Yoga is an ancient lifestyle practice that uses a series of movements and poses (asanas), breathing exercises (pranayama) and meditation to allow a deeper connection to Self. The word yoga means “to join” or “union.”
Yoga focuses on joining the Body, Mind, Breath and Spirit together in harmony and focus, without mental distractions.
Yoga has been practised for thousands of years. Strict followers of the discipline observe a number of beliefs and practices, including ethics, dietary guidelines and spirituality.
Yoga can help people living with cancer relieve their anxiety and depression. It’s also been shown to increase a sense of spiritual well-being and may also potentially help with fatigue or sleeping problems.
Yoga is great for children with cancer because it is one of the integrative therapies that could involve both patients and their loved ones in a more hands-on approach.
Yoga also allows the Child with Cancer around 45 minutes away from their illness; time to once again be the child they are meant to be, and not a cancer patient. Yoga can also benefit the mother/caregiver as they are also given the freedom to be a playful and carefree for a while and to enjoy being with the child in almost normal circumstances, as opposed to being a full-time carer.
A History of the Medical Use of Yoga
Yoga started over 5,000 years ago in India and is now very popular in Western countries.
It is a whole body philosophy, involving working with breathing (pranayama), stretching exercises, postures (asanas) and meditation.
These create harmony between your mind, body and spirit and help clear and calm your mind.
Yoga teachers promote yoga as a way of staying healthy and preventing illness.
They claim that the postures will stimulate your nervous system, make your muscles and joints more flexible, and relax your mind and body.
Yoga as a Complementary Therapy
There is no evidence at this time that yoga can treat cancer itself. Research has shown that yoga can be used to help improve high blood pressure, heart rate, breathing, metabolism and body temperature.
Yoga can improve your strength, mobility, bone health, cardiovascular health, breathing pattern and other physiological systems and decrease pain. Mentally, yoga can enhance well-being, lower your stress response, help manage your pain experience and help you feel more relaxed. People who practice yoga believe that it helps enhance their quality of life.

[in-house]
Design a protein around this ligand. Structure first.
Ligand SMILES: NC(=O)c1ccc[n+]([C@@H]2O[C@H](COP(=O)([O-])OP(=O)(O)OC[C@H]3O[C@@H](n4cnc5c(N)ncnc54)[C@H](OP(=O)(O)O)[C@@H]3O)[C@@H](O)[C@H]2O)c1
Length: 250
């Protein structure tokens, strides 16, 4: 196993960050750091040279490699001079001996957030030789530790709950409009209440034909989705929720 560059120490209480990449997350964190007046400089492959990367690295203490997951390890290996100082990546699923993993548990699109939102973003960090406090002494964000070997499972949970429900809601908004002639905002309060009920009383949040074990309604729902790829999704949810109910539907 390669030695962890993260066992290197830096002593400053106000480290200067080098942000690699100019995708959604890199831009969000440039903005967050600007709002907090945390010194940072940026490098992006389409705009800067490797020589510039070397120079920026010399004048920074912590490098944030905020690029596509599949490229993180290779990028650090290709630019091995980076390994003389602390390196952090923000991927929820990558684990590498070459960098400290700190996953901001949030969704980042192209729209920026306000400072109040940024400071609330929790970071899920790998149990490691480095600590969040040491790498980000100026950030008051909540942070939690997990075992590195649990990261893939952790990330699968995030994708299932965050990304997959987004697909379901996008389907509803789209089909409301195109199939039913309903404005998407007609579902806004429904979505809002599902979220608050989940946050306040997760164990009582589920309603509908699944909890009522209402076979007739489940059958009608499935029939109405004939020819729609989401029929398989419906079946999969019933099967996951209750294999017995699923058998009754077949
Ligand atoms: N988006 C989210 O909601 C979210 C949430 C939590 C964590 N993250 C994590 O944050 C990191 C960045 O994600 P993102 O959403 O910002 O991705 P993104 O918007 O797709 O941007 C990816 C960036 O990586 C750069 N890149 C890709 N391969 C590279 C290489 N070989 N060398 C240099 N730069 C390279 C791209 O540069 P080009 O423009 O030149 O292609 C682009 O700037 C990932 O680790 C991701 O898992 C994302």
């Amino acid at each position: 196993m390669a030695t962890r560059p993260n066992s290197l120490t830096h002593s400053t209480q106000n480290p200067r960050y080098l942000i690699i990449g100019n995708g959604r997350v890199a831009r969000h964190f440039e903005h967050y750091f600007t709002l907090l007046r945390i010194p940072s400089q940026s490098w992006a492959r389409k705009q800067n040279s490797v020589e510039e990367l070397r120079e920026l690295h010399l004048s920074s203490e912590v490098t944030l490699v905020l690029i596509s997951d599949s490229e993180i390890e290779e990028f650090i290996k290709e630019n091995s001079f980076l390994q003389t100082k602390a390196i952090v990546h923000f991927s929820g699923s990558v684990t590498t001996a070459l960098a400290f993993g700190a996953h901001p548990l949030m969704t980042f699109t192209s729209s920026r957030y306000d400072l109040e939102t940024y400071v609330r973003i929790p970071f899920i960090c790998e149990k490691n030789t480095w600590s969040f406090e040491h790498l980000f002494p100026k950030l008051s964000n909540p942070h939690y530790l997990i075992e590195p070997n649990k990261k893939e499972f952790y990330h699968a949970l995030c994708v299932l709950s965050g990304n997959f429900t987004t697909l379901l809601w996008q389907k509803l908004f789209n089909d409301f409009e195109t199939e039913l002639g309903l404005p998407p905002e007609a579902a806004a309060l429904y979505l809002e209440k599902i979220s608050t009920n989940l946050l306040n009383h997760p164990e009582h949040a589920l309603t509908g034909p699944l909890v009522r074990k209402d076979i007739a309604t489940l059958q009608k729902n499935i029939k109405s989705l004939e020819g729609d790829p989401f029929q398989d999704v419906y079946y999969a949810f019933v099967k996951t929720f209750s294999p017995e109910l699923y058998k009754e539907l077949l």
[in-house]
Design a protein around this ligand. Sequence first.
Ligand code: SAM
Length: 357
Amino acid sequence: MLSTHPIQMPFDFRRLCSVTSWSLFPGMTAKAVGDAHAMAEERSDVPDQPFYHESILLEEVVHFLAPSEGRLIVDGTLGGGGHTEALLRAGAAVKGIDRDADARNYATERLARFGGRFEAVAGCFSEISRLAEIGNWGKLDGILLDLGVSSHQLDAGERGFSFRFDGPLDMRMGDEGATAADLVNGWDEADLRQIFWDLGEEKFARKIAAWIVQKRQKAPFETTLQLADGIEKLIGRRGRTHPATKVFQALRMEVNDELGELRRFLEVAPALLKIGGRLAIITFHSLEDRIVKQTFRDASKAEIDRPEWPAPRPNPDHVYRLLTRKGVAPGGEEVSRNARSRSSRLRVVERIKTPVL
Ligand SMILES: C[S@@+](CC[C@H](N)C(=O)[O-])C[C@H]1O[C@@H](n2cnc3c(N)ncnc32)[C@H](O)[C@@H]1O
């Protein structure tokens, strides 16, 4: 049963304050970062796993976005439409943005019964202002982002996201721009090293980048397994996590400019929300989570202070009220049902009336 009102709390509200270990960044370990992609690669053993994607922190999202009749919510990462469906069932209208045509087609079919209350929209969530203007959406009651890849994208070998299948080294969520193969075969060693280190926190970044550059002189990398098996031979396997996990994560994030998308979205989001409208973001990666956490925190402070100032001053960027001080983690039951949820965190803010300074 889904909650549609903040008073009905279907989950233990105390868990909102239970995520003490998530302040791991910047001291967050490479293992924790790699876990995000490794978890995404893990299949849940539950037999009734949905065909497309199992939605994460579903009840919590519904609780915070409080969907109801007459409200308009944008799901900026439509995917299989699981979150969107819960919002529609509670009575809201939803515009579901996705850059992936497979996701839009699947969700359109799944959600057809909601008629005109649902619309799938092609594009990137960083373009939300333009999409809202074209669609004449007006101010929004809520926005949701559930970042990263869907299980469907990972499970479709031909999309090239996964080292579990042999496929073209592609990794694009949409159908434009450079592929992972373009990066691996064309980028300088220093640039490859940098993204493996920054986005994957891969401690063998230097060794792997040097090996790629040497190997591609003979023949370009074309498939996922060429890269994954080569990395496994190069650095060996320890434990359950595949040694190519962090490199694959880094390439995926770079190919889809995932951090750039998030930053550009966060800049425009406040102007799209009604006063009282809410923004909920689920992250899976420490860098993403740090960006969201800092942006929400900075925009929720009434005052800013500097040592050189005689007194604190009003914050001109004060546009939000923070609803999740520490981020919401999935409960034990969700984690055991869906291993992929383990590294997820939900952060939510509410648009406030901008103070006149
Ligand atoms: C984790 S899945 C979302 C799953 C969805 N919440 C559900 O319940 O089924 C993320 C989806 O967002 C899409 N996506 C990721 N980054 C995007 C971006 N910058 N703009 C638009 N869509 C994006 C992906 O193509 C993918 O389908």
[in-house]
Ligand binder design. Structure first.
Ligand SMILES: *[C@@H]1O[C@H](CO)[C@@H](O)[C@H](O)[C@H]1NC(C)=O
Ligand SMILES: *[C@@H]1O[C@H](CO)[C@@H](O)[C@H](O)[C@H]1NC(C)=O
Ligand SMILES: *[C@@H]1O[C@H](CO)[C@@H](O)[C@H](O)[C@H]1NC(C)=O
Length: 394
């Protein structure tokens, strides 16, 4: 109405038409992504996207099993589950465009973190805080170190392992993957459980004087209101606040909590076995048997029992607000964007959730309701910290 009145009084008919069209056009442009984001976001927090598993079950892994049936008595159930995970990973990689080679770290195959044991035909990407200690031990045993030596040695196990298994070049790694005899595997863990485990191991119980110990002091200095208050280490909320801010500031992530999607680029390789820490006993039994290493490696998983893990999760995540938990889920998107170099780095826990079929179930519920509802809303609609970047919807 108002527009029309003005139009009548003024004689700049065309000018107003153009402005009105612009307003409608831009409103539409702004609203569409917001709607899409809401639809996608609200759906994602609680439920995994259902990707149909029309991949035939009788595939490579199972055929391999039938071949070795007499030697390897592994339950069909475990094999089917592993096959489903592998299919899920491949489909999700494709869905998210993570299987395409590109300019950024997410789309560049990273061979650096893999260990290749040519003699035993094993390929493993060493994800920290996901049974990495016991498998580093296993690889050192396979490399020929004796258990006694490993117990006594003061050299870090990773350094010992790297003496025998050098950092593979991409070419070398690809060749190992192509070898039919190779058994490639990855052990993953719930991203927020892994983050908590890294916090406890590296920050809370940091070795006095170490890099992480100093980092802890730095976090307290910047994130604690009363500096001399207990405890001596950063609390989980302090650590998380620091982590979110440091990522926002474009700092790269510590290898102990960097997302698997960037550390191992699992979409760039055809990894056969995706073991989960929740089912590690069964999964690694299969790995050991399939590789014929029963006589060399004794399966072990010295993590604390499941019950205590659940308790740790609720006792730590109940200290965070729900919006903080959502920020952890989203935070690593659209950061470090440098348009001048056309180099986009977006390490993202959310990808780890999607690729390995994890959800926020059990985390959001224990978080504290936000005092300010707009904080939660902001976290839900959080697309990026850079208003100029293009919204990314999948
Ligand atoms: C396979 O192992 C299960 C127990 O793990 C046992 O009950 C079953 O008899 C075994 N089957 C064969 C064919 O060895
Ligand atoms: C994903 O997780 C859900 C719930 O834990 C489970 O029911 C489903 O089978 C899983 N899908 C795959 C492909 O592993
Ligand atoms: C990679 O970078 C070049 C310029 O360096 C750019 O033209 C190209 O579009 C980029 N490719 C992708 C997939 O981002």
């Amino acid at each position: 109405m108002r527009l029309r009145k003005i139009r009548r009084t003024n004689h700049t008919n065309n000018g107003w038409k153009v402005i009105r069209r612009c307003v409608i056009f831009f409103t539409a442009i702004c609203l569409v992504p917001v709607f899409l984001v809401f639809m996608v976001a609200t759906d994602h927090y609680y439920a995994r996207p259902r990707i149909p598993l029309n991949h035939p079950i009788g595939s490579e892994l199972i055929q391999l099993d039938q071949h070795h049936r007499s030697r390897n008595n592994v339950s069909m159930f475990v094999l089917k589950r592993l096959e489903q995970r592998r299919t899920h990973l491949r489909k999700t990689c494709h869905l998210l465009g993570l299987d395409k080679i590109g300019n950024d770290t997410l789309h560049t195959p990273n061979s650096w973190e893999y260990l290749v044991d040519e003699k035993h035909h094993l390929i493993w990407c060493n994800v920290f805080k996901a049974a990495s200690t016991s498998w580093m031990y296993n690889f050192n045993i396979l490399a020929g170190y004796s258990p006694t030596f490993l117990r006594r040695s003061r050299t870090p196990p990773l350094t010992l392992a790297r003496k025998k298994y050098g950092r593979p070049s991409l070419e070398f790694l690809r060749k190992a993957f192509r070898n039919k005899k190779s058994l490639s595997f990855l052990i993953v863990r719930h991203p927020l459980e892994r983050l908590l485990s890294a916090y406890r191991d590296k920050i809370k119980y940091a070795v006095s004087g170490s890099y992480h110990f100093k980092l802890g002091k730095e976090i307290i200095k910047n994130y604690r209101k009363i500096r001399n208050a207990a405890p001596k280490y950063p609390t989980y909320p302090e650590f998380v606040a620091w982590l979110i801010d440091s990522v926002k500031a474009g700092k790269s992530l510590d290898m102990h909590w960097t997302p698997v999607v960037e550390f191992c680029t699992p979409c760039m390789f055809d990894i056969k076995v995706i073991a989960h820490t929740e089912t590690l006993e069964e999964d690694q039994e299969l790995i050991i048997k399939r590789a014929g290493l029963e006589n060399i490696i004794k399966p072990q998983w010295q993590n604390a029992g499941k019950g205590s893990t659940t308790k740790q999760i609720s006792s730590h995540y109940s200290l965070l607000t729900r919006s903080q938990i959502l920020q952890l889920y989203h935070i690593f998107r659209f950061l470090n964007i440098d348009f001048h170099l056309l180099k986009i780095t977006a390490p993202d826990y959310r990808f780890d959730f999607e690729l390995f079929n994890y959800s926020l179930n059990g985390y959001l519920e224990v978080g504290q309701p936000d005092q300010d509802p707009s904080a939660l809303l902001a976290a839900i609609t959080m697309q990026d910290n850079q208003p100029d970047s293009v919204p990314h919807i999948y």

As with many types of complementary therapy one of the main reasons that people with cancer use yoga is because it makes them feel good.
Yoga teachers promote it as a natural way to help you relax and cope with stress, anxiety and depression. Generally, it can help to lift your mood and enhance well-being.
Some people with cancer who have used yoga say that it helps calm their mind so that they can
cope better with their cancer and its treatment. Others say that it helps to reduce symptoms and side effects such as pain, tiredness, sleep problems and depression.
Several major cancer centers have yoga programs as part of their treatment programs. These centers include Stanford Cancer Center, M. D. Anderson Cancer Center, and Memorial Sloan-Kettering Cancer Center.
In addition, the National Cancer Institute gave M. D. Anderson Cancer Center a $4.5 million grant in April to research adding yoga to breast cancer treatment programs.
The researchers will measure and track the levels of stress hormones in participants as well and monitor their sleep.
The best types of yoga for cancer patients and survivors are those that focus on breathing and gentle postures. Mustain developed a special yoga program just for cancer patients Called YOCAS®, (Yoga for Cancer Survivors); it is a blend of Hatha and restorative yoga postures as well as breathing exercises.
Yoga can sometimes help you to move around more quickly and easily after surgery for cancer.
Read more about how Yoga is administered, Possible Side-effects and Risks etc., on our static Complementary & Alternative Therapies page, Yoga
Please note that the Little Fighters Cancer Trust shares information regarding various types of cancer treatments on this blog merely for informational use. LFCT does not endorse or promote any specific cancer treatments – we believe that the public should be informed but that the option is theirs to take as to what treatments are to be used.
Always consult your medical practitioner prior to taking any other medication, natural or otherwise.